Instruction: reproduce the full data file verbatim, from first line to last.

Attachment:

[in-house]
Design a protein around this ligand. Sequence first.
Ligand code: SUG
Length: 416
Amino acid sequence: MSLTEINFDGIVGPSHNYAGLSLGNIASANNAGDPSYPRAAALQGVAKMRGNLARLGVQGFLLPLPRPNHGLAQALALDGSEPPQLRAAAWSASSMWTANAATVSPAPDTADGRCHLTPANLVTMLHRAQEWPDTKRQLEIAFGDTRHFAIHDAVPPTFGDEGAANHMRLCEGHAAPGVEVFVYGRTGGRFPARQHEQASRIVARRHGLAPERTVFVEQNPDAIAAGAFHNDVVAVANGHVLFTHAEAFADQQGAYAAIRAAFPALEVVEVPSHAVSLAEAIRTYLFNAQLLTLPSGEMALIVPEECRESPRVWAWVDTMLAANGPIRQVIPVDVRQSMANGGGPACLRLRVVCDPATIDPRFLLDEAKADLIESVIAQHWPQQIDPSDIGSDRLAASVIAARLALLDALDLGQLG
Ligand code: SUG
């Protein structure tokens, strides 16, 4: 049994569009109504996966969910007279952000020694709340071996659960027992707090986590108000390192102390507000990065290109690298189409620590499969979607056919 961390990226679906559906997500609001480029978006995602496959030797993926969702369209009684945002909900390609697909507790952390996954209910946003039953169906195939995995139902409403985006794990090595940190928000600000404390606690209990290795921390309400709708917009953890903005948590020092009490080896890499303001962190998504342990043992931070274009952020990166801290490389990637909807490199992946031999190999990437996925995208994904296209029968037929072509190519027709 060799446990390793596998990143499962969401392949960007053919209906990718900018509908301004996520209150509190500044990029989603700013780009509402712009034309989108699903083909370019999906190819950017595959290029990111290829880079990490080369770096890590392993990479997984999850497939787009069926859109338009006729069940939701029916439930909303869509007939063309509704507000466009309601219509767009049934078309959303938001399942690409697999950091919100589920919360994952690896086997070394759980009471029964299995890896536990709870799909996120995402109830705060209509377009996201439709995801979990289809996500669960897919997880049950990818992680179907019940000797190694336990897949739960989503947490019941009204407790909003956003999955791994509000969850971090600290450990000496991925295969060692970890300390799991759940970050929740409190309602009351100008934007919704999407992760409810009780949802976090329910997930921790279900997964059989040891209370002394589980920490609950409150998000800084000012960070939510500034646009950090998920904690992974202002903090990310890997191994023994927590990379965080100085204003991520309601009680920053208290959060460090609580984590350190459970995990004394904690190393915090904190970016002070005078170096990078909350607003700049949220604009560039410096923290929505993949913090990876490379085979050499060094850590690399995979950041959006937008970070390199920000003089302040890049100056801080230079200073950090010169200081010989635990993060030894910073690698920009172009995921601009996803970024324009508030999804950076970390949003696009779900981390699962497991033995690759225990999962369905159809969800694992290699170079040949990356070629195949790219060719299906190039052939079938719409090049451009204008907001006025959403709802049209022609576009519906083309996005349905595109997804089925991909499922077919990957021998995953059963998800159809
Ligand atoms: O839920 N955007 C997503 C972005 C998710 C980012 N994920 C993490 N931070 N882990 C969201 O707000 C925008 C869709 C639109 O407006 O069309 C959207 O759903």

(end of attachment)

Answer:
[in-house]
Design a protein around this ligand. Sequence first.
Ligand code: SUG
Length: 416
Amino acid sequence: MSLTEINFDGIVGPSHNYAGLSLGNIASANNAGDPSYPRAAALQGVAKMRGNLARLGVQGFLLPLPRPNHGLAQALALDGSEPPQLRAAAWSASSMWTANAATVSPAPDTADGRCHLTPANLVTMLHRAQEWPDTKRQLEIAFGDTRHFAIHDAVPPTFGDEGAANHMRLCEGHAAPGVEVFVYGRTGGRFPARQHEQASRIVARRHGLAPERTVFVEQNPDAIAAGAFHNDVVAVANGHVLFTHAEAFADQQGAYAAIRAAFPALEVVEVPSHAVSLAEAIRTYLFNAQLLTLPSGEMALIVPEECRESPRVWAWVDTMLAANGPIRQVIPVDVRQSMANGGGPACLRLRVVCDPATIDPRFLLDEAKADLIESVIAQHWPQQIDPSDIGSDRLAASVIAARLALLDALDLGQLG
Ligand code: SUG
């Protein structure tokens, strides 16, 4: 049994569009109504996966969910007279952000020694709340071996659960027992707090986590108000390192102390507000990065290109690298189409620590499969979607056919 961390990226679906559906997500609001480029978006995602496959030797993926969702369209009684945002909900390609697909507790952390996954209910946003039953169906195939995995139902409403985006794990090595940190928000600000404390606690209990290795921390309400709708917009953890903005948590020092009490080896890499303001962190998504342990043992931070274009952020990166801290490389990637909807490199992946031999190999990437996925995208994904296209029968037929072509190519027709 060799446990390793596998990143499962969401392949960007053919209906990718900018509908301004996520209150509190500044990029989603700013780009509402712009034309989108699903083909370019999906190819950017595959290029990111290829880079990490080369770096890590392993990479997984999850497939787009069926859109338009006729069940939701029916439930909303869509007939063309509704507000466009309601219509767009049934078309959303938001399942690409697999950091919100589920919360994952690896086997070394759980009471029964299995890896536990709870799909996120995402109830705060209509377009996201439709995801979990289809996500669960897919997880049950990818992680179907019940000797190694336990897949739960989503947490019941009204407790909003956003999955791994509000969850971090600290450990000496991925295969060692970890300390799991759940970050929740409190309602009351100008934007919704999407992760409810009780949802976090329910997930921790279900997964059989040891209370002394589980920490609950409150998000800084000012960070939510500034646009950090998920904690992974202002903090990310890997191994023994927590990379965080100085204003991520309601009680920053208290959060460090609580984590350190459970995990004394904690190393915090904190970016002070005078170096990078909350607003700049949220604009560039410096923290929505993949913090990876490379085979050499060094850590690399995979950041959006937008970070390199920000003089302040890049100056801080230079200073950090010169200081010989635990993060030894910073690698920009172009995921601009996803970024324009508030999804950076970390949003696009779900981390699962497991033995690759225990999962369905159809969800694992290699170079040949990356070629195949790219060719299906190039052939079938719409090049451009204008907001006025959403709802049209022609576009519906083309996005349905595109997804089925991909499922077919990957021998995953059963998800159809
Ligand atoms: O839920 N955007 C997503 C972005 C998710 C980012 N994920 C993490 N931070 N882990 C969201 O707000 C925008 C869709 C639109 O407006 O069309 C959207 O759903």